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Tacoma Narrows Bridge
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Vital Statistics:
Location: Tacoma, Washington, USA
Completion Date: 1940
Cost: $6.4 million
Length: 7,392 feet
Type: Suspension
Purpose: Roadway
Materials: Steel, concrete
Longest Single Span: 2,800 feet
Engineer(s): Leon Moisseiff

On the morning of November 7, 1940, the Tacoma Narrows Bridge twisted violently in 42-mile-per-hour winds and collapsed into the cold waters of the Puget Sound. The disaster -- which luckily took no human lives -- shook the engineering community and forever changed the way bridges were built around the world.

Tacoma Narrows Bridge
Click photo
for larger image.

Engineer Leon Moisseiff had designed the ultimate in slender bridges. The roadway was a mere 39 feet -- only eight teenagers lying head to toe would fit across the bridge! Moisseiff strengthened his narrow bridge with a solid steel girder beneath the roadway. But soon after it opened, the Tacoma Narrows started behaving strangely. Wind caused the bridge to sway back and forth, and it also sent rippling waves along the deck. The Tacoma Narrows tore itself apart only four months later.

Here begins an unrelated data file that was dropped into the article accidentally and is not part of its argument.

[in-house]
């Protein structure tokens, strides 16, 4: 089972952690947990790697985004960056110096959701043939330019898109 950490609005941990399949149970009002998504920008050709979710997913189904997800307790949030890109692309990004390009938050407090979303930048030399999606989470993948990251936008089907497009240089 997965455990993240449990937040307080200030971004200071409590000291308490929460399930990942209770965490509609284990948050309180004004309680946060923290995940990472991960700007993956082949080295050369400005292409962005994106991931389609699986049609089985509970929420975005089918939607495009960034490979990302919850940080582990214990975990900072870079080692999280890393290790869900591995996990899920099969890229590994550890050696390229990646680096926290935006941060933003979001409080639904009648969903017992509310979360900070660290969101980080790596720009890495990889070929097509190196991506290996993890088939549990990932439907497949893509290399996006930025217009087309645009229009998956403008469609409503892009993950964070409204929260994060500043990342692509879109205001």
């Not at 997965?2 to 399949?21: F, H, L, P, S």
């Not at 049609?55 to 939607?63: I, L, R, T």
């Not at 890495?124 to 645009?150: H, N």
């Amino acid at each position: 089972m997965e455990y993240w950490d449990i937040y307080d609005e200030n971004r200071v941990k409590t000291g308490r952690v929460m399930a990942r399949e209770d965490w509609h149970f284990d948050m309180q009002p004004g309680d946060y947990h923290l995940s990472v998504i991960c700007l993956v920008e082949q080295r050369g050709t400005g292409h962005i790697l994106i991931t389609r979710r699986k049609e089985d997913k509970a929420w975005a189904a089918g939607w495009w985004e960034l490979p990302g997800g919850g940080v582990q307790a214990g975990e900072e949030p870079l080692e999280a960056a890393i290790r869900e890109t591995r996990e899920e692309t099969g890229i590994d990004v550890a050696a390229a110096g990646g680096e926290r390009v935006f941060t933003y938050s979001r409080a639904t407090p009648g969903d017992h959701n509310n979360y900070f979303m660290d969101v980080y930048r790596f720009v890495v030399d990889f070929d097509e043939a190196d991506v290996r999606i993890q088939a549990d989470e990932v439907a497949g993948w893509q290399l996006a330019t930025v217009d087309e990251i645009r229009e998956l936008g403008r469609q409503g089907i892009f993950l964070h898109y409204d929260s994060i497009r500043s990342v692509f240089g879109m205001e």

Years later, engineers found that the solid girders actually blocked the wind and caused the slender bridge to twist. The twisting bridge fanned the steady wind into a swirling motion, which caused the bridge to twist even more -- and eventually snap in two. The Tacoma Narrows Bridge was replaced in 1950 by a new bridge stiffened with a truss. Rather than blocking the wind, the open truss allowed the wind to blow through the new bridge.

Here's how this bridge stacks up against some of the longest-spanning bridges in the world. (total length, in feet)
Chart showing the relative size of the longest bridges in the world
Tacoma Narrows Bridge 7,392'

Fast Facts:
  • The bridge earned the nickname "Galloping Gertie" for its unusual rolling, twisting behavior. Many drivers complained of seasickness.
  • Thrill-seekers often crossed the Tacoma Narrows just to experience the bridge’s unusual rolling, twisting behavior. Drivers say crossing the bridge was like riding a roller coaster.
  • In 1992, Gertie’s sunken remains were placed in the National Register of Historic Places to protect them from being stolen.

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